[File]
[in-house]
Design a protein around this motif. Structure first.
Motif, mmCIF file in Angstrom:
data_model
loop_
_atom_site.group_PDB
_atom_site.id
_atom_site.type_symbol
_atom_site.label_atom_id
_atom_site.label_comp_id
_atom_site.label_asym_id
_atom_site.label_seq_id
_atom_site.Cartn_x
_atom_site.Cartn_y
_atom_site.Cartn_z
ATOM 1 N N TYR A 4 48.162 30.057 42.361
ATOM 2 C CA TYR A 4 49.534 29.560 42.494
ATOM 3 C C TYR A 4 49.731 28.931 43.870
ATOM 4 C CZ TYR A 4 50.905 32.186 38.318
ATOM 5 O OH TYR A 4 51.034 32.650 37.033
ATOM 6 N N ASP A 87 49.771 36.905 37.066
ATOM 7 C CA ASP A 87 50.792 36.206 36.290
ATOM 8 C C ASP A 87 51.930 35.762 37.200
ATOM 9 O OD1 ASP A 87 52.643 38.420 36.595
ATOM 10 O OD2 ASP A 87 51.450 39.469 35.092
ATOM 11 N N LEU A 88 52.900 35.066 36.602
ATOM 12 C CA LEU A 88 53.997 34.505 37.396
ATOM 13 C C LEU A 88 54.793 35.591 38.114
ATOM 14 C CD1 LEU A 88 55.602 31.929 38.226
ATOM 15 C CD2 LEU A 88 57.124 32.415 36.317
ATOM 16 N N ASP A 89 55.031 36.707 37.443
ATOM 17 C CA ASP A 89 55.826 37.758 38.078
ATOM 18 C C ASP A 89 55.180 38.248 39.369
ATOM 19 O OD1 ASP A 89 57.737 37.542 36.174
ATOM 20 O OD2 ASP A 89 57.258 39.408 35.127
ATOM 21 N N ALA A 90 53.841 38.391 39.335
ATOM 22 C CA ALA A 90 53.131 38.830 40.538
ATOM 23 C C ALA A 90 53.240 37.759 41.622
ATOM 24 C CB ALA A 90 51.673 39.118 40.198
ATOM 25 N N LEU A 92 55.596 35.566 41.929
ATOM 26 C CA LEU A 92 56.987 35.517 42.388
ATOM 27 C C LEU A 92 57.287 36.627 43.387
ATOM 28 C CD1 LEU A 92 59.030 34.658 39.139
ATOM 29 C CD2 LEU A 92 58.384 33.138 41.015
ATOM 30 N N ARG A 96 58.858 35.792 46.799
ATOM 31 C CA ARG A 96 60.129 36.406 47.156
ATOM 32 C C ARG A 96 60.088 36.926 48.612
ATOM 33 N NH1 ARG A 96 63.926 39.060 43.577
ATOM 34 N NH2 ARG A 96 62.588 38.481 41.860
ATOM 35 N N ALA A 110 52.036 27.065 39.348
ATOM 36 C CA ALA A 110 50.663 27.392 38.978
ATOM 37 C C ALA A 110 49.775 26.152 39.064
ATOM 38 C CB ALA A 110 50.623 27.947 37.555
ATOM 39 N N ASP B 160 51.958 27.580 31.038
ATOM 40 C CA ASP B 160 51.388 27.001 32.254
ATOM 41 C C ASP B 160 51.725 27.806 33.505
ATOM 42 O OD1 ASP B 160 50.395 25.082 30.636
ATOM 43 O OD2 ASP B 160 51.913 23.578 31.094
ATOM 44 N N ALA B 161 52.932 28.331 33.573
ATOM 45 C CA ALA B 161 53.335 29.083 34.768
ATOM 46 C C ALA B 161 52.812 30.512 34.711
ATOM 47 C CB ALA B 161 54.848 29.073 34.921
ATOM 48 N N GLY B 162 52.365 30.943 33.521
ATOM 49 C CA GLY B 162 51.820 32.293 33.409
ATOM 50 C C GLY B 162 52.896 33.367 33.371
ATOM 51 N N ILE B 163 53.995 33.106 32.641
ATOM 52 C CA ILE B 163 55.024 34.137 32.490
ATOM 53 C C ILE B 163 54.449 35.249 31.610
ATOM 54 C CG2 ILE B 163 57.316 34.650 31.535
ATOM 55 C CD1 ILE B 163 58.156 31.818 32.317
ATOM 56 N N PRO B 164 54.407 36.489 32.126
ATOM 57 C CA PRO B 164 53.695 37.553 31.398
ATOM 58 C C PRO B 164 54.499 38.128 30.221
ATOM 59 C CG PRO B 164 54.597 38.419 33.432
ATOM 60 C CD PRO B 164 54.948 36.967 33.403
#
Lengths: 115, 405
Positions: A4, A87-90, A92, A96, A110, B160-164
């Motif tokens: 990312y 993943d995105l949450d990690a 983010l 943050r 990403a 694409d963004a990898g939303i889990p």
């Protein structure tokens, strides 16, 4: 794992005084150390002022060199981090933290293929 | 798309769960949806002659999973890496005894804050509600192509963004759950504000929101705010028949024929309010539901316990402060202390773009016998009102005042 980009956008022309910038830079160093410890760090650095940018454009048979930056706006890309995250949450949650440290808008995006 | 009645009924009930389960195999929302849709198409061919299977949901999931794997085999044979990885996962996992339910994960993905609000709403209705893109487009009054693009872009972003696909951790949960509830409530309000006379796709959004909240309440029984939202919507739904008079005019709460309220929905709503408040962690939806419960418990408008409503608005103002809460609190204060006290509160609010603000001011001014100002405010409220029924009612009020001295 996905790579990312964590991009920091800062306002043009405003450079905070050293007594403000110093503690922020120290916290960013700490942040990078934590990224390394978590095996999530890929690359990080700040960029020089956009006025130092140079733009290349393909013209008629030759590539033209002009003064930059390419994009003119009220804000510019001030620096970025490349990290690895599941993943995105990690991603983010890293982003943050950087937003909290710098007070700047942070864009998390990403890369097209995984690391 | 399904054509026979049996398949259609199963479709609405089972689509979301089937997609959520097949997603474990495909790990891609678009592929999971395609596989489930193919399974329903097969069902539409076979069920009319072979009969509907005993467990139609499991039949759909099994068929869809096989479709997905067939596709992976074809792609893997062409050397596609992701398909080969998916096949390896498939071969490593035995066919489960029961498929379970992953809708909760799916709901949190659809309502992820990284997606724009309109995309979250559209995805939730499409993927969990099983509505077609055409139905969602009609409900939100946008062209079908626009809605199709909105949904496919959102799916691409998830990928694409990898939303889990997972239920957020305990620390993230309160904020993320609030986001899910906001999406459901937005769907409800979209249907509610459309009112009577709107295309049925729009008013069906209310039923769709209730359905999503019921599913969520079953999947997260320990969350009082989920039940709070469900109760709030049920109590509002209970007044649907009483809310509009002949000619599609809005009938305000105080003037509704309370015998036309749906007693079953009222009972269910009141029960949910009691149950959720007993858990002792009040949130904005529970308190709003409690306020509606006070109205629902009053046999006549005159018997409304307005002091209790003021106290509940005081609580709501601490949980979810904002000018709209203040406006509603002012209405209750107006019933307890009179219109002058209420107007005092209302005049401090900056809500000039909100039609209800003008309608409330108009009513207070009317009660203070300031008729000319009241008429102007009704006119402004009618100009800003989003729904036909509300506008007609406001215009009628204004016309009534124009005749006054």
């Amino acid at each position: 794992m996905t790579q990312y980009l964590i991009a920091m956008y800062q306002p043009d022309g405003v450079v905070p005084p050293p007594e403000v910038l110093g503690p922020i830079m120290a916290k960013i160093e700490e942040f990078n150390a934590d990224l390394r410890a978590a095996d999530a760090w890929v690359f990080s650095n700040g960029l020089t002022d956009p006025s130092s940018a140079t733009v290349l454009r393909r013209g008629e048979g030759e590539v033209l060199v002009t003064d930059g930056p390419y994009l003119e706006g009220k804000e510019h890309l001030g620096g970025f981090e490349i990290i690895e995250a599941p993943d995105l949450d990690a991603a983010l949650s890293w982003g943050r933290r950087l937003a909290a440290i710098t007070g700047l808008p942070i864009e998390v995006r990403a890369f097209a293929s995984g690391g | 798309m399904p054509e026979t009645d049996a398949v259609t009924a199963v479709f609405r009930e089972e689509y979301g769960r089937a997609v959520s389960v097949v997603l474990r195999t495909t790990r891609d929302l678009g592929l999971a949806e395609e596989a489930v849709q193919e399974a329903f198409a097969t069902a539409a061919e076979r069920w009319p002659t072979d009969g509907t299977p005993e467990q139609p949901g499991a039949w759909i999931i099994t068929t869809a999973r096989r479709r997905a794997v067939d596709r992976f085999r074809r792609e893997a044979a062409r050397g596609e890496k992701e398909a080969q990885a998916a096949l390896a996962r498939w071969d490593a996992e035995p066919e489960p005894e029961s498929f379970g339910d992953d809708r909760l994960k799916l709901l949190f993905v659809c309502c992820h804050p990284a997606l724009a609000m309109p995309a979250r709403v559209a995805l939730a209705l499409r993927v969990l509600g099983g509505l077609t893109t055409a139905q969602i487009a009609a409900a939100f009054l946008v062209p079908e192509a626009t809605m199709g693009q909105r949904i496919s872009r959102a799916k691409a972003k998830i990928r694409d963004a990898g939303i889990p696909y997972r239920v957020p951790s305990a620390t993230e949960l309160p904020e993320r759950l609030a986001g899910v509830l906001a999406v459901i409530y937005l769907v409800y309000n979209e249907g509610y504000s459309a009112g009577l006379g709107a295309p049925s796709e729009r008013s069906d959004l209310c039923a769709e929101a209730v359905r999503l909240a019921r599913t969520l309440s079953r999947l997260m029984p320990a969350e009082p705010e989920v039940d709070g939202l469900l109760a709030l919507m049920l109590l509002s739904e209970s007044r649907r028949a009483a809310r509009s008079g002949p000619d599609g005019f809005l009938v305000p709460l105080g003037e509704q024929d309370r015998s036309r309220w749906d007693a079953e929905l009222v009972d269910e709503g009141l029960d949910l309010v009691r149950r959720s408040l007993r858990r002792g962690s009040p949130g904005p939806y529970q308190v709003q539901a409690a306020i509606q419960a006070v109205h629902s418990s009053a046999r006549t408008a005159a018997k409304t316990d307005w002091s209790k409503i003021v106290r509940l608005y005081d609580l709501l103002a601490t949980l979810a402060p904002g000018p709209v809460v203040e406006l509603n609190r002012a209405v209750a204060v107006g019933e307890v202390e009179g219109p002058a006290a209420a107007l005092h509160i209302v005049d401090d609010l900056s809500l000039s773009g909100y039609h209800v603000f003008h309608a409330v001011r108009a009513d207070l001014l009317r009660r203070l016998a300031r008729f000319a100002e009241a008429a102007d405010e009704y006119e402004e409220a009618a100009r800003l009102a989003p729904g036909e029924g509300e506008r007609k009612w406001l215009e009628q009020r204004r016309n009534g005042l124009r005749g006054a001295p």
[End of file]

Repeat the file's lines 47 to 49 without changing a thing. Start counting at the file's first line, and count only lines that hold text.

ATOM 32 C C ARG A 96 60.088 36.926 48.612
ATOM 33 N NH1 ARG A 96 63.926 39.060 43.577
ATOM 34 N NH2 ARG A 96 62.588 38.481 41.860